Muslims are the fastest-growing religious group in the world. The growth and regional migration of Muslims, combined with the ongoing impact of the Islamic State in Iraq and Syria (ISIS) and other extremist groups that commit acts of violence in the name of Islam, have brought Muslims and the Islamic faith to the forefront of the political debate in many countries. Yet many facts about Muslims are not well known in some of these places, and most Americans – who live in a country with a relatively small Muslim population – say they .
Here are answers to some key questions about Muslims, compiled from several Pew Research Center reports published in recent years:
How many Muslims are there? Where do they live?
There were 1.6 billion Muslims in the world as of 2010 – roughly 23% of the global population – according to a . But while Islam is currently the world’s second-largest religion (after Christianity), it is the fastest-growing major religion. Indeed, if current demographic trends continue, the number of Muslims is expected to exceed the number of Christians .
Although many countries in the Middle East-North Africa region, where the religion originated in the seventh century, are heavily Muslim, the region is home to only about 20% of . A majority of the Muslims globally (62%) live in the Asia-Pacific region, including large populations in Indonesia, India, Pakistan, Bangladesh, Iran and Turkey.
The Muslim population in Europe also is growing; we project 10% of all Europeans will be Muslims by 2050.
How many Muslims are there in the United States?
According to our best estimate, Muslims make up just less than 1% of the U.S. adult population. Pew Research Center’s 2014 (conducted in English and Spanish) found that 0.9% of U.S. adults identify as Muslims. A 2011, which was conducted in English as well as Arabic, Farsi and Urdu, estimated that there were 1.8 million Muslim adults (and 2.75 million Muslims of all ages) in the country. That survey also found that a majority of U.S. Muslims (63%) are immigrants.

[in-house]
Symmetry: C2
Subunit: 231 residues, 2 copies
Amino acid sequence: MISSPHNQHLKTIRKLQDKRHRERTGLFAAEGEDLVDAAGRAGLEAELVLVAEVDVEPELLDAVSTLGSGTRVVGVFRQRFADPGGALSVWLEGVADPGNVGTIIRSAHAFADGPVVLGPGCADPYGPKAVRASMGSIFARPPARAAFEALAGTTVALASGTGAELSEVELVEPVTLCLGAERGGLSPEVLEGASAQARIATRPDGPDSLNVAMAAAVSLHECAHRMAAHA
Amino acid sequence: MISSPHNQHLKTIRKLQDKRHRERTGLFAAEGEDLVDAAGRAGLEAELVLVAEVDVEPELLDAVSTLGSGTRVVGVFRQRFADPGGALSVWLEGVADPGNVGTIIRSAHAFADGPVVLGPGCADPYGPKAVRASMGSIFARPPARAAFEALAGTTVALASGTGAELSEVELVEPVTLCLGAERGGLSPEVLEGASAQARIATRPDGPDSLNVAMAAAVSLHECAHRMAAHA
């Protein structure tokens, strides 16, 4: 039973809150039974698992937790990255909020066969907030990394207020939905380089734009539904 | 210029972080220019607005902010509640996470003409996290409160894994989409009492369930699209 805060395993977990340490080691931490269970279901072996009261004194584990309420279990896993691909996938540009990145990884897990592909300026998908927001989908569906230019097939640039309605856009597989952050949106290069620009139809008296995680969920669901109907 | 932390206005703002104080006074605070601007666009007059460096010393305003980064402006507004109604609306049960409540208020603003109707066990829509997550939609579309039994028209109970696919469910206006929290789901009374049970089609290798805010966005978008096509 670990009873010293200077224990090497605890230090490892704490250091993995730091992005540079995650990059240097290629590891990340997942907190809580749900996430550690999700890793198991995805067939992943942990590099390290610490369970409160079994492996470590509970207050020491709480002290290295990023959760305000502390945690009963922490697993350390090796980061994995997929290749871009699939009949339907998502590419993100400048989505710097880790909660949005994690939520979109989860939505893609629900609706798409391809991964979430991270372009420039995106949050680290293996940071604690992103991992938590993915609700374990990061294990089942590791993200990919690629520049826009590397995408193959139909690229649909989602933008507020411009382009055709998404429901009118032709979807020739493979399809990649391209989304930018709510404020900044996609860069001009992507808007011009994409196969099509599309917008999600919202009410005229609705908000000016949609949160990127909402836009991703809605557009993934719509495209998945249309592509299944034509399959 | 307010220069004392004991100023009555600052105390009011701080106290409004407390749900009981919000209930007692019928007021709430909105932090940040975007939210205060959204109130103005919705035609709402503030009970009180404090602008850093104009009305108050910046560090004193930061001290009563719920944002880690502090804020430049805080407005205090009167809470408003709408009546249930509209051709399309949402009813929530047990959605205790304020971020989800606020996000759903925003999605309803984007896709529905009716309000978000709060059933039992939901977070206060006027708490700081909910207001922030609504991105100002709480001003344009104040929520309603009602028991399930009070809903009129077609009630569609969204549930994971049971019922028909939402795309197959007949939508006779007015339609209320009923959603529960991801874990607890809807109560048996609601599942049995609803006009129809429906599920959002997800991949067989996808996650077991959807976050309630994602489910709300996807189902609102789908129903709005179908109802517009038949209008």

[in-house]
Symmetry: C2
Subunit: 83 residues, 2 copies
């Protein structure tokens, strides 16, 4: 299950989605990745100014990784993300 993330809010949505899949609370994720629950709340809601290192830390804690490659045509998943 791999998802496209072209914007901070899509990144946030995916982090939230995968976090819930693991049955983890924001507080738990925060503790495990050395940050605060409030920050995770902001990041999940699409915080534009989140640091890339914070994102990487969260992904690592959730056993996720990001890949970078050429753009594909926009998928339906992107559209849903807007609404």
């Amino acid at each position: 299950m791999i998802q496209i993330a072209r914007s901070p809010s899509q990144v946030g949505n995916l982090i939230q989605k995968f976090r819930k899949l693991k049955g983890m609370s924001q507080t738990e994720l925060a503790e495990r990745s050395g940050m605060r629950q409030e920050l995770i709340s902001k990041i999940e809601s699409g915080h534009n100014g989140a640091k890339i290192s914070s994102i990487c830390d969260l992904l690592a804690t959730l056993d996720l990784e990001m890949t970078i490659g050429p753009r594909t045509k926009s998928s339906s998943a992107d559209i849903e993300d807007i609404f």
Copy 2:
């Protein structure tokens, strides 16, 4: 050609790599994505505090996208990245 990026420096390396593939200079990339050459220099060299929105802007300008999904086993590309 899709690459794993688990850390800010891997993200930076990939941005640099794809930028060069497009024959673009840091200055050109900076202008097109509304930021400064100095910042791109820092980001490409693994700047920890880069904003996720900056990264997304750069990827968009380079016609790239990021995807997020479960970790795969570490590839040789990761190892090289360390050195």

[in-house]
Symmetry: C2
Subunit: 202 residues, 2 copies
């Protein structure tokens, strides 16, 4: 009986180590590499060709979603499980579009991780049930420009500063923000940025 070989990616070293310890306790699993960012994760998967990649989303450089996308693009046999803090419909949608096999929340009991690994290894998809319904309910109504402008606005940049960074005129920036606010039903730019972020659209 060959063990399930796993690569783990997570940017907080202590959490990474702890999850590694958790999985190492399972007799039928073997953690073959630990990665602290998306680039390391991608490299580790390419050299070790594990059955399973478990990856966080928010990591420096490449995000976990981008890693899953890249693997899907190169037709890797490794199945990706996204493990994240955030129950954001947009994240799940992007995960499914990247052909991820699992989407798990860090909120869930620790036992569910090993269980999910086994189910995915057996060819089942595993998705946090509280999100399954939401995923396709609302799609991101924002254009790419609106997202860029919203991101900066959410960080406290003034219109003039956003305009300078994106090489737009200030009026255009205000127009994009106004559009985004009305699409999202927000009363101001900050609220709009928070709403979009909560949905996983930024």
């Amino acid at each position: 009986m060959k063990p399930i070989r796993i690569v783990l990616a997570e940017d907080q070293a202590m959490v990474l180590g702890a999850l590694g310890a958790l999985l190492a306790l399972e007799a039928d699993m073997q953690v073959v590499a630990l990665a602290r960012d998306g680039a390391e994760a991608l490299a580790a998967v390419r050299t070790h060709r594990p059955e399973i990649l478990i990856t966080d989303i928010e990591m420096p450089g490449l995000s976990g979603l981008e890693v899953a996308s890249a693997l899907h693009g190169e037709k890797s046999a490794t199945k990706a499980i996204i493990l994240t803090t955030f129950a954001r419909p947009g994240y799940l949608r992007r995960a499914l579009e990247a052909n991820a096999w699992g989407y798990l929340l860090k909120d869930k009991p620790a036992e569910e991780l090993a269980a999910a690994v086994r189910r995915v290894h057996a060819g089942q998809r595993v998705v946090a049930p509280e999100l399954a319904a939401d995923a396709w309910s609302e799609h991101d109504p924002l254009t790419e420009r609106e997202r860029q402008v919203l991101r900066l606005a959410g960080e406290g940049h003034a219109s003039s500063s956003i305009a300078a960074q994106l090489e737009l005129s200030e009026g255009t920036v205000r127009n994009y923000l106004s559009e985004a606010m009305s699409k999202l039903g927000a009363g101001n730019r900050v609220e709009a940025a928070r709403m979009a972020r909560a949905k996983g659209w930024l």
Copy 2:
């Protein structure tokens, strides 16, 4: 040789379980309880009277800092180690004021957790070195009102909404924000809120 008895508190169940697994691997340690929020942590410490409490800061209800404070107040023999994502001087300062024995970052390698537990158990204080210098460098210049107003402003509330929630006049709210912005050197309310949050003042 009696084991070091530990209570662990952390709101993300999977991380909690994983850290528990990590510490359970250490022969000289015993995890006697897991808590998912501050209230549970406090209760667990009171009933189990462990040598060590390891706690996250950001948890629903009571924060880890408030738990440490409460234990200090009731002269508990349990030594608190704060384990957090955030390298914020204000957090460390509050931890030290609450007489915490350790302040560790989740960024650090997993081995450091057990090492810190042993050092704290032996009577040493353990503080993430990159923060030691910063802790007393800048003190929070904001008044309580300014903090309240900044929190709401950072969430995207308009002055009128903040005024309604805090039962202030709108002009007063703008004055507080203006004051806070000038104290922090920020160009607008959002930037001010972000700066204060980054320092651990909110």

Our demographic projections estimate that Muslims will make up 2.1% of the U.S. population by the year 2050, surpassing people who identify as Jewish on the basis of religion as the second-largest faith group in the country (not including people who say they have no religion).
A recent estimated that the Muslim share of immigrants granted permanent residency status (green cards) increased from about 5% in 1992 to roughly 10% in 2012, representing about 100, 000 immigrants in that year.
Why is the global Muslim population growing?
There are two major factors behind the rapid projected growth of Islam, and both involve simple demographics. For one, Muslims have more children than members of other religious groups. Around the world, each Muslim woman has an average of 3.1 children, compared with 2.3 for all other groups combined.
Muslims are also the youngest (median age of 23 years old in 2010) of all major religious groups, seven years younger than the median age of non-Muslims. As a result, a larger share of Muslims already are, or will soon be, at the point in their lives when they begin having children. This, combined with high fertility rates, will fuel Muslim population growth.
While it does not change the global population, migration is helping to increase the Muslim population in some regions, including North America and Europe.
What do Muslims around the world believe?
Like any religious group, the religious beliefs and practices of Muslims vary depending on many factors, including where in the world they live. But Muslims around the world are by a belief in one God and the Prophet Muhammad, and the practice of certain religious rituals, such as, is widespread.
In other areas, however, there is less unity. For instance, a Pew Research Center asked Muslims whether they want sharia law, a legal code based on the Quran and other Islamic scripture, to be the official law of the land in their country. Responses on this question vary widely. Nearly all Muslims in Afghanistan (99%) and most in Iraq (91%) and Pakistan (84%) support sharia law as official law. But in some other countries, especially in Eastern Europe and Central Asia – including Turkey (12%), Kazakhstan (10%) and Azerbaijan (8%) – relatively few favor the implementation of sharia law.